Discover why data diversity is the lifeblood of business in the information age.
Increasingly we find ourselves able to leverage technologies such as machine learning and predictive analytics, and breakthroughs in AI architecture and engineering are partly to thank for this.
The vast increase in the amount of data we are able to generate, store and examine, thanks to the Internet of Things and our always-online world, is what has really made it possible though.
Of course, business using information to make better decisions is nothing new. What’s different these days is the scale of available information – the volume of data generated by the world’s businesses doubles every 1.2 years – and the opportunities it provides to innovate.
Businesses which build their operations on their ability to collect and use data are disrupting industries every day. Amazon, Uber and Airbnb all grew by operationalizing big data generated through their own core activities in the markets they have individually dominated. Data ranging from website clickstreams to vehicle fuel consumption is used to tailor services to meet customer demands and streamline business processes. Now though, innovators seeking out the new cutting-edge are looking beyond the data immediately available from their primary activities and operations.
When it comes to data, as with all other aspects of business, diversity is critically important. This is true in a meta-sense, as non-representative data sets are less likely to yield workable insights than those which cover all facets of the issue under investigation. It’s also true in terms of the variety of data available.
Variety has always been one of the fundamental “V’s” of Big Data – alongside volume, velocity and various others that have been added over the years. Today – with the sheer divergence of datasets available – it’s more critical than ever, as insight can often be found in unexpected places.
To launch a truly diverse data-driven strategy, the key is to think beyond the data that an organization already has readily available, or that which would be simplest for them to collect. Thanks to breakthroughs in technology such as image analysis and natural language processing, meaning can be extracted in an automated way from video, handwriting, recorded speech and the text of emails and social media posts.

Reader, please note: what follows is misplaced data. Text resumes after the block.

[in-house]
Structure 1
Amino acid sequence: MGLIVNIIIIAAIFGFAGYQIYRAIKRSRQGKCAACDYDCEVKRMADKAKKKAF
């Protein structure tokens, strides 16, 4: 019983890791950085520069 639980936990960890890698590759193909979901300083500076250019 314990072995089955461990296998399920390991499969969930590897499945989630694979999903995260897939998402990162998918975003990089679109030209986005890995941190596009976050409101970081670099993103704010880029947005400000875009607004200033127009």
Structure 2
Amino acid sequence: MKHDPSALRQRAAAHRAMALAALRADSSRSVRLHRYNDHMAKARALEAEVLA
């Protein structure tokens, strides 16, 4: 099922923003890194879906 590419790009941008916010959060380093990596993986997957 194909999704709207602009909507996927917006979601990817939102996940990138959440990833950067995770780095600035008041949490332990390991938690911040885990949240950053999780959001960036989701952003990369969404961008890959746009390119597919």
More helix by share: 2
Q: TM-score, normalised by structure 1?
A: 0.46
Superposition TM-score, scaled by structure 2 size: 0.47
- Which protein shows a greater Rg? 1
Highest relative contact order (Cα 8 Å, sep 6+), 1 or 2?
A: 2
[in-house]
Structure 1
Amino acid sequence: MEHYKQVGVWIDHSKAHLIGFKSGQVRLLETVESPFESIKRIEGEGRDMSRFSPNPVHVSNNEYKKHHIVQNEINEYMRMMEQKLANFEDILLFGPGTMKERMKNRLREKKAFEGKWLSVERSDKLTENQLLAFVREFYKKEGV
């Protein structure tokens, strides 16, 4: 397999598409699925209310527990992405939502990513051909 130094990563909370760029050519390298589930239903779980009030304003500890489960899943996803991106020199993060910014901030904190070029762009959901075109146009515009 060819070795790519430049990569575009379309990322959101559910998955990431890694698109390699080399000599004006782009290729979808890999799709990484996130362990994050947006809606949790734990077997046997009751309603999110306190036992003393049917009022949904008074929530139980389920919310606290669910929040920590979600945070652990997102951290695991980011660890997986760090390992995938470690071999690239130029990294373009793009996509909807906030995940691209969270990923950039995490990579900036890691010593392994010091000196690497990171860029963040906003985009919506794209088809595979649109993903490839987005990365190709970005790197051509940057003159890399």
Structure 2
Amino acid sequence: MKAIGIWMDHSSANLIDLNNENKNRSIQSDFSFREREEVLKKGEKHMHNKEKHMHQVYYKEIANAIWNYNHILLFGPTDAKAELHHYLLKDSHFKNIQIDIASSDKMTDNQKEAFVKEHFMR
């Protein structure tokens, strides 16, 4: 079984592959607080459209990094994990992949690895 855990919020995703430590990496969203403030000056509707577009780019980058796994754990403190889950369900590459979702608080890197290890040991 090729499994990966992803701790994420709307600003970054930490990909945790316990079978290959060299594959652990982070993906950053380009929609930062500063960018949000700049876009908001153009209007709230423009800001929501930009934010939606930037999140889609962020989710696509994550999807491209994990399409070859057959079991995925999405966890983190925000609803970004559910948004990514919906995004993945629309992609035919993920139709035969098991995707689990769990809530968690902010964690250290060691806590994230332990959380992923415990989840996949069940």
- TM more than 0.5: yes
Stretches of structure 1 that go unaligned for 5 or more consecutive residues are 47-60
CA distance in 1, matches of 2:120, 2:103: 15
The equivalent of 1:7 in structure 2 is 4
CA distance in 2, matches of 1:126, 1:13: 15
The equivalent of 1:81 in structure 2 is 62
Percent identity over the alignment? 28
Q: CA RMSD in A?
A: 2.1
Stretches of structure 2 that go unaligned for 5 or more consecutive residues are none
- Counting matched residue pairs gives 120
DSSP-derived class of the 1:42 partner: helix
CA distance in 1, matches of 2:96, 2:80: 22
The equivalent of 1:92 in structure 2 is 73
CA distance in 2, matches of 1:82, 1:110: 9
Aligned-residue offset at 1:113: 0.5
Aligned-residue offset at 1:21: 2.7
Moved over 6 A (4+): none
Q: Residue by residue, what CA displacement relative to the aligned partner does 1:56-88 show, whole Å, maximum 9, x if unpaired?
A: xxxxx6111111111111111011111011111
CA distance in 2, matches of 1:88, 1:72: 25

In the healthcare field this has made it possible for robots to efficiently and accurately diagnose patients based on data from medical scan images correlated with their doctors’ hand-written notes. In certain situations, machines have proven themselves to be able to do this at least as accurately as (the best) humans – and a lightning speed.
And in marketing, advertisers are developing methods of better understanding their customers’ lives and habits by analyzing how, when and where their products are talked about, photographed and posted to social media.
This messy, scrambled-up, unstructured data in fact makes up over 90% of the data generated worldwide. The rest is nice, orderly structured data, often generated by machines talking to each other and making logs. This data is made up of numbers which can easily be slotted into charts and tables and analysed with simple mathematics. As well as making up a majority of the volume of our data, unstructured data very probably holds a majority of the so-far undiscovered insights. Getting at them isn’t always easy – but the rewards for those with the initiative and imagination to try are potentially enormous.
Other sources of data which are increasingly being mined for insight include locational data such as GPS tracking and satellite imagery. Putting this information to work would have been beyond the budget of any but the largest organizations just a decade ago. Now farmers across the globe are becoming used to the idea of combining satellite and meteorological data to determine the optimum timing and placement of crops, and retailers track the movements of shoppers using near-field communications that interact with their smartphones. Thanks to the emergence of the ‘as-a-service’ infrastructure provision, start-ups anywhere in the world can access diverse data sets, crunch them, and learn from them.